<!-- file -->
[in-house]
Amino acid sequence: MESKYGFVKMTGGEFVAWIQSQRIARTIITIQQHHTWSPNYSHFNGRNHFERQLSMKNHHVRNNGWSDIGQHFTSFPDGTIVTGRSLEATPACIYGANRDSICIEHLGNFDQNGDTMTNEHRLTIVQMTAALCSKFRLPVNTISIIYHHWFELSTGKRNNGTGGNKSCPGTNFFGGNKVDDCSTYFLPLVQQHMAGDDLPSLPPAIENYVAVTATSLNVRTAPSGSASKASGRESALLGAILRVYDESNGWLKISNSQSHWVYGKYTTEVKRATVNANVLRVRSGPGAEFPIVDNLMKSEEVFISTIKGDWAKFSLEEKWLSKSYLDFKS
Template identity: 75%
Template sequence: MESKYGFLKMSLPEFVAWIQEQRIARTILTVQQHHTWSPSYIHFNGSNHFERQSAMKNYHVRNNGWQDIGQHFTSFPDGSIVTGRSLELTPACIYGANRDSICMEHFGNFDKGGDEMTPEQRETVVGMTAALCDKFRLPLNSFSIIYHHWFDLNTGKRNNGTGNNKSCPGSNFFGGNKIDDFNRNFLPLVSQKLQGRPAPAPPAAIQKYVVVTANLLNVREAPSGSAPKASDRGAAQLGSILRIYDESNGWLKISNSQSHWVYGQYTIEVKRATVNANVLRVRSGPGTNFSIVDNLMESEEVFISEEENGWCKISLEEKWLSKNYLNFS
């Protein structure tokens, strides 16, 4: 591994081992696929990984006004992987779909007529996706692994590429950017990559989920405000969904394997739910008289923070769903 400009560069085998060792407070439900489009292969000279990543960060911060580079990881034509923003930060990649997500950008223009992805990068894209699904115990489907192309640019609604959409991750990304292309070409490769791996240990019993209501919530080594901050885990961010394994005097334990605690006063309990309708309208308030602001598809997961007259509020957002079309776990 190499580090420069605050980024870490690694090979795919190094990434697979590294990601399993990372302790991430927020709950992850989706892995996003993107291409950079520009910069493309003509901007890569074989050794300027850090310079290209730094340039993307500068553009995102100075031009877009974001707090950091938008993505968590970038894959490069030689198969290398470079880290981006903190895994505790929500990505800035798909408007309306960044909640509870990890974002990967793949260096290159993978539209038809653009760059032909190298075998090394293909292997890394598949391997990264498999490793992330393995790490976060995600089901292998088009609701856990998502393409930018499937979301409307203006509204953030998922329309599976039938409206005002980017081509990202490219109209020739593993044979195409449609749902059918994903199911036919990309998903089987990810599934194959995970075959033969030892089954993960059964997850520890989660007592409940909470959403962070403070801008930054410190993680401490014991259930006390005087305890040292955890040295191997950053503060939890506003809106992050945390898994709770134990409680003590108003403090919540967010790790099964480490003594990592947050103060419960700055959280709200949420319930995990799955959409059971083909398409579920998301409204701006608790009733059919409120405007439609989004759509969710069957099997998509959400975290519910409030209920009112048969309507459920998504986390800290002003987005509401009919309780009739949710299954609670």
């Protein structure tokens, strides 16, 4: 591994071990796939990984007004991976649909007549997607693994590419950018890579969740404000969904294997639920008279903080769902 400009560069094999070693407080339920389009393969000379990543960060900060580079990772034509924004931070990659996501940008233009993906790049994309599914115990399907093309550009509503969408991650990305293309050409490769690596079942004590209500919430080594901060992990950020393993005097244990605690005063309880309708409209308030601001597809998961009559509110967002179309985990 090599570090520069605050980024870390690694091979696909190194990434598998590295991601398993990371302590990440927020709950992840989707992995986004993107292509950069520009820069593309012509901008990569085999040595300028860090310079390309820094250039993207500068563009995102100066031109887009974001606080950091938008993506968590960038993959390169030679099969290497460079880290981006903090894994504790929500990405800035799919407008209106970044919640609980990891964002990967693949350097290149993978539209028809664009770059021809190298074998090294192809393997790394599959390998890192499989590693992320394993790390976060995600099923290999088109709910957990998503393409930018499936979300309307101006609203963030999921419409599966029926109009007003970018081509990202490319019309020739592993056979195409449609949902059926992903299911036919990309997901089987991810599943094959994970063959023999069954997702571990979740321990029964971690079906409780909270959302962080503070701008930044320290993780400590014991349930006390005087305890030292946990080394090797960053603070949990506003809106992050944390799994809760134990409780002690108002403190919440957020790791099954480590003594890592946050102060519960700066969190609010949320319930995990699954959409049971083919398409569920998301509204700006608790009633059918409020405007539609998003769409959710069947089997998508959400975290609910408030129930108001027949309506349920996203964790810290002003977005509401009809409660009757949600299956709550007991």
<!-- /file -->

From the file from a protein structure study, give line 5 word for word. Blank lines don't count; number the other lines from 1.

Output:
């Protein structure tokens, strides 16, 4: 591994081992696929990984006004992987779909007529996706692994590429950017990559989920405000969904394997739910008289923070769903 400009560069085998060792407070439900489009292969000279990543960060911060580079990881034509923003930060990649997500950008223009992805990068894209699904115990489907192309640019609604959409991750990304292309070409490769791996240990019993209501919530080594901050885990961010394994005097334990605690006063309990309708309208308030602001598809997961007259509020957002079309776990 190499580090420069605050980024870490690694090979795919190094990434697979590294990601399993990372302790991430927020709950992850989706892995996003993107291409950079520009910069493309003509901007890569074989050794300027850090310079290209730094340039993307500068553009995102100075031009877009974001707090950091938008993505968590970038894959490069030689198969290398470079880290981006903190895994505790929500990505800035798909408007309306960044909640509870990890974002990967793949260096290159993978539209038809653009760059032909190298075998090394293909292997890394598949391997990264498999490793992330393995790490976060995600089901292998088009609701856990998502393409930018499937979301409307203006509204953030998922329309599976039938409206005002980017081509990202490219109209020739593993044979195409449609749902059918994903199911036919990309998903089987990810599934194959995970075959033969030892089954993960059964997850520890989660007592409940909470959403962070403070801008930054410190993680401490014991259930006390005087305890040292955890040295191997950053503060939890506003809106992050945390898994709770134990409680003590108003403090919540967010790790099964480490003594990592947050103060419960700055959280709200949420319930995990799955959409059971083909398409579920998301409204701006608790009733059919409120405007439609989004759509969710069957099997998509959400975290519910409030209920009112048969309507459920998504986390800290002003987005509401009919309780009739949710299954609670």